REVIEW: Century: Eastern Wonders

Designer: Emerson Matsuuchi, 2018
Publisher: Plan B Games
2-4 players, 45-75mins
Reviewed by Alex Bardy

I really liked the original Century: Spice Road game (quite a lot in fact — you can read my review of the game here: REVIEW: Century: Golem Edition), and although this second instalment promises more, it turns it into a different game, and not necessarily a better one…

The original game had you playing cards to place spice cubes into your caravan, playing cards to upgrade or swap those spice cubes for colours of greater value, purchasing new cards for your hand, or using cubes to satisfy the requirements of a relevant ‘scoring card’ and thus earning VPs for those cards at the end of the game.

Billed as a sequel, Century: Eastern Wonders offers an alternative game in which a tiled map (randomised at the start) is utilised in a similar manner to the upgrade cards from the original game, so instead of using cards you’re moving your ship across a board to a tile that offers a particular upgrade or beneficial exchange that you wish to use (these are hex-shaped and referred to as market tiles, incidentally). This of course, adds an altogether different element to the game, and allows players to utilise the same market tiles and the benefits thereof just by moving their ship onto them. Of course, it’s not quite so simple, but that’s the crux of it…  The other selling point of this game is that it can be combined with the original version to offer a comparatively different experience called Century: From Sand to Sea… I’ll get to that one in due course, too!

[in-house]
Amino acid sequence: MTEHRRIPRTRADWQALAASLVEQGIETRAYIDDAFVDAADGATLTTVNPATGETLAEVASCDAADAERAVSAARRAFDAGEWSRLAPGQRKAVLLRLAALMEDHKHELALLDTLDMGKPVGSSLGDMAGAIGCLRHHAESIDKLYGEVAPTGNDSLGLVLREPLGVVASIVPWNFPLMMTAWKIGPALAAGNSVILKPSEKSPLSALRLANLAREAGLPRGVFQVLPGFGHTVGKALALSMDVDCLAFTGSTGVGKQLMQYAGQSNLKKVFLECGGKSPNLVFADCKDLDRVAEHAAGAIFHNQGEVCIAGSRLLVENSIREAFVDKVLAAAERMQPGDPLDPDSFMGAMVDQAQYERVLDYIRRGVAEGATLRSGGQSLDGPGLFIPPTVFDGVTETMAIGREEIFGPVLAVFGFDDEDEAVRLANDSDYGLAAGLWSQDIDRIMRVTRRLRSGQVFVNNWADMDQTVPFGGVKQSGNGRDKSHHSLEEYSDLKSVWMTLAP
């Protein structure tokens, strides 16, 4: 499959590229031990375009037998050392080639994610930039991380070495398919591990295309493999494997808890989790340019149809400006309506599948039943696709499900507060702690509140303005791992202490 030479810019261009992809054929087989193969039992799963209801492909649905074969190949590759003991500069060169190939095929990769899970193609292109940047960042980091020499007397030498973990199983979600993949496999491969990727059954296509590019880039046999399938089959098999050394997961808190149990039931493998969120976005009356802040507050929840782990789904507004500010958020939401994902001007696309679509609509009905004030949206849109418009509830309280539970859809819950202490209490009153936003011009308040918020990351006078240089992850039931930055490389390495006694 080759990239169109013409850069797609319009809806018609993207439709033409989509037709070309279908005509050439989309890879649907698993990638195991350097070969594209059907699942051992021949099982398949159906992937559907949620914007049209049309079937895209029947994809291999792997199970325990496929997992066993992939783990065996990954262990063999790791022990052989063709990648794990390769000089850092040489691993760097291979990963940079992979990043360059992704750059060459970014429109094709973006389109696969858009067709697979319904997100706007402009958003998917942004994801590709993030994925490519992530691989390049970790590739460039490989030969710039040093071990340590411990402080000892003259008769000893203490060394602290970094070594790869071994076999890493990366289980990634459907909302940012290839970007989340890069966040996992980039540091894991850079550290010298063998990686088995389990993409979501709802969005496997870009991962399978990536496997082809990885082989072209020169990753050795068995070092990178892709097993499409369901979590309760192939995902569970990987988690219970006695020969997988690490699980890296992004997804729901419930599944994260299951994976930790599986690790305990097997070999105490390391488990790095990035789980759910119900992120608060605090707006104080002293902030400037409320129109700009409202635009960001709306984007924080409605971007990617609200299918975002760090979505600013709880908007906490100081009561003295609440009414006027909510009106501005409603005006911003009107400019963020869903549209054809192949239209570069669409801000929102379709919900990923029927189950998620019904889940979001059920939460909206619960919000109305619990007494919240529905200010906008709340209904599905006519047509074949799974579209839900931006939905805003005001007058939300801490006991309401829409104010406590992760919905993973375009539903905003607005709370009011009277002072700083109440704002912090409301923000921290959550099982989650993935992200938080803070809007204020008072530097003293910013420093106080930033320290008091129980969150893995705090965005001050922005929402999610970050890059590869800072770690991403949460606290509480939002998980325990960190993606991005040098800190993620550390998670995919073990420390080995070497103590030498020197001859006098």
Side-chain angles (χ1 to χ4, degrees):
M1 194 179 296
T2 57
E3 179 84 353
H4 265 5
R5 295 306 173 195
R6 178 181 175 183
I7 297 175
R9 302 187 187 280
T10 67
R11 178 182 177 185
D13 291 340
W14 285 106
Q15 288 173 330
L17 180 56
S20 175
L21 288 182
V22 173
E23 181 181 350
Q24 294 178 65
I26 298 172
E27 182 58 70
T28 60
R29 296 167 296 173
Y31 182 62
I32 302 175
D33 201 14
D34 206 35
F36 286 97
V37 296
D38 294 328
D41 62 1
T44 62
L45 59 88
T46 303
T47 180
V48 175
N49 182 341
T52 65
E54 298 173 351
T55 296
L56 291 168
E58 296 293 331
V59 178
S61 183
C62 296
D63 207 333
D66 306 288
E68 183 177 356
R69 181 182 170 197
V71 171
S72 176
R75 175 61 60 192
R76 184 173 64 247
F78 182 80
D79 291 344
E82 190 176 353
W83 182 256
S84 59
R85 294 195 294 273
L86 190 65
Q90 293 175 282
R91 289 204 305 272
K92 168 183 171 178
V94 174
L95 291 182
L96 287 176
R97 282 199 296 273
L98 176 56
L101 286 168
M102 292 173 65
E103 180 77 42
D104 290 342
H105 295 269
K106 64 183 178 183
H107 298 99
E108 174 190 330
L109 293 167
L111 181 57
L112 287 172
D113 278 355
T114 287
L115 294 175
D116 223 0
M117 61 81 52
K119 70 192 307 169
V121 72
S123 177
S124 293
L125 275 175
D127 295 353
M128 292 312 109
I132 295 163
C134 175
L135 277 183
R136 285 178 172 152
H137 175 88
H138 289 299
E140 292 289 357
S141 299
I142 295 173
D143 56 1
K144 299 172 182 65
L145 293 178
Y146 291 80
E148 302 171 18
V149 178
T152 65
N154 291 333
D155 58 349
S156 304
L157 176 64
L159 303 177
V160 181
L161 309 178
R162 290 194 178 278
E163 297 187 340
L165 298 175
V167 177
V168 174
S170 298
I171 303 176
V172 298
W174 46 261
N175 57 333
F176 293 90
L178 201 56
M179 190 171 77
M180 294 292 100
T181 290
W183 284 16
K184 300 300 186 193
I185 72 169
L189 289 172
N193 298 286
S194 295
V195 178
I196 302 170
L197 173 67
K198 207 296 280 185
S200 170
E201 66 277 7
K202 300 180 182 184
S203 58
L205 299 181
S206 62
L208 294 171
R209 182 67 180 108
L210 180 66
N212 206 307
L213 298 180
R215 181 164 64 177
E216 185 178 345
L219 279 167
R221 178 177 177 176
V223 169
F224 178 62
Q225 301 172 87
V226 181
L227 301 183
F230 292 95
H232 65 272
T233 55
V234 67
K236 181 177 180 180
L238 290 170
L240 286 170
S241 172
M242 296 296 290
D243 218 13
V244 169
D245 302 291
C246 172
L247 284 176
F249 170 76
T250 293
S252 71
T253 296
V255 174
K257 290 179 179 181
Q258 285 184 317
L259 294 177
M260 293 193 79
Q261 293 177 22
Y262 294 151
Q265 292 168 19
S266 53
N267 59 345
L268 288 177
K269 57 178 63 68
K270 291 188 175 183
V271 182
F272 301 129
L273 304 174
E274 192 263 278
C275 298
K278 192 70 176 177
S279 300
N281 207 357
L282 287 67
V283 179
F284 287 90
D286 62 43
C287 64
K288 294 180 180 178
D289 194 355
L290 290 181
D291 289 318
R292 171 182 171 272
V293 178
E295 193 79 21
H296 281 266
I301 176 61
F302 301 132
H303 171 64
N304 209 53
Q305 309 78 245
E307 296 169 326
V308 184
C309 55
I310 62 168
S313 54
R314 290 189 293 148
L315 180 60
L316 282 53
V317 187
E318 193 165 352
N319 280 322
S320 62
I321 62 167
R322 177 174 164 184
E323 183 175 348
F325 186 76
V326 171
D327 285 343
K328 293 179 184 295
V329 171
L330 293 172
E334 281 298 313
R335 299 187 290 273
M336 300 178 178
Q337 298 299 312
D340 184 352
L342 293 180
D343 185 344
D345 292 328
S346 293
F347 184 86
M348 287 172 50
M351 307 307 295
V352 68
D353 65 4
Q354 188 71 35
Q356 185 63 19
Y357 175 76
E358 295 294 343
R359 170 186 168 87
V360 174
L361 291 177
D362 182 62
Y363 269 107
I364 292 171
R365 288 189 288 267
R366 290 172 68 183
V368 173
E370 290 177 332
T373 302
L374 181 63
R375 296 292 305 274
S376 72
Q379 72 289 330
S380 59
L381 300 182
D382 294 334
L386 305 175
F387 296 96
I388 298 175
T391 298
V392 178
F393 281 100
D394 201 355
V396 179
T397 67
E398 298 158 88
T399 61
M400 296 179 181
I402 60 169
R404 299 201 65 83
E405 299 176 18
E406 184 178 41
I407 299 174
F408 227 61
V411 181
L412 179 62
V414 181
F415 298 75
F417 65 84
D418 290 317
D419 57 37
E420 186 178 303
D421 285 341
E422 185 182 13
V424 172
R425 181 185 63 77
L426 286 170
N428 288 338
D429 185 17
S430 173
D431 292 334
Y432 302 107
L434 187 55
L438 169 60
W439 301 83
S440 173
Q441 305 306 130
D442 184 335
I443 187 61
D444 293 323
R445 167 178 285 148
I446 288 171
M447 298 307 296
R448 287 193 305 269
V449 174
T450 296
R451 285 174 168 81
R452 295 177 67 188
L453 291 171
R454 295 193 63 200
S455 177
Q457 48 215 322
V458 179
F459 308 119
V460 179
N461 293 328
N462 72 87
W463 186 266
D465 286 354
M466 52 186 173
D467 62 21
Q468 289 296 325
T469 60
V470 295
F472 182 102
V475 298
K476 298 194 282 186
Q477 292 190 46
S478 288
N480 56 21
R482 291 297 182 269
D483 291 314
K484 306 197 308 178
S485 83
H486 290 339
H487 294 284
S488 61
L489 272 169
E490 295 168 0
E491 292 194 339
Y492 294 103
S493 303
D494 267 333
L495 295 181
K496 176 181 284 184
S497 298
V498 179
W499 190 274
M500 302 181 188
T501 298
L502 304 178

As well as a randomised board map at the start of the game, Century: Eastern Wonders also gives players a separate board with which to keep track of their spices and outposts. The hut-shaped outpost pieces are built across the map, and you need to build one of these on a market tile in order to take advantage of that specific benefit or upgrade.  The first outpost on any market tile is free for the first player to reach that hex, but players who wish to utilise the same market benefit have to pay additional spice cubes to the bank for each other player with outposts on that hex, so it does become progressively more expensive as the board starts to fill up with outposts…

In addition to the above, players ending their move on the same hex as other players’ ships must pay those players additional cubes, too. On the flip-side, you can also move more than one hex during a turn, but this time have to deposit a spice cube on each of the hexes you’re passing through, which are then available for other ships to collect as they pass through those spaces…

Where the game gets more interesting is in the manner that you build your outposts: each of the outpost rows on your player board are marked by a trade symbol, and not only do you have to match the trade symbol to that shown on the market tile you wish to build upon, but there are bonuses to be had for successfully working through each column of your player board (by building an outpost with each different trade symbol and thereby emptying that column). Available bonuses include additional VPs at the end of the game, a free spice cube upgrade when you build an outpost, an additional red spice cube to the normal pair of yellow ones you get for using the Harvest action, additional ship movement, and additional cargo space; it’s fair to say that all of these are worth pursuing, but you can choose only one each time you remove a complete column from your player board.  And in case it’s not already apparent from the photos, you get additional VPs at the end of the game for all the outposts you’ve built, anyway…

Century_EasternWonders2.png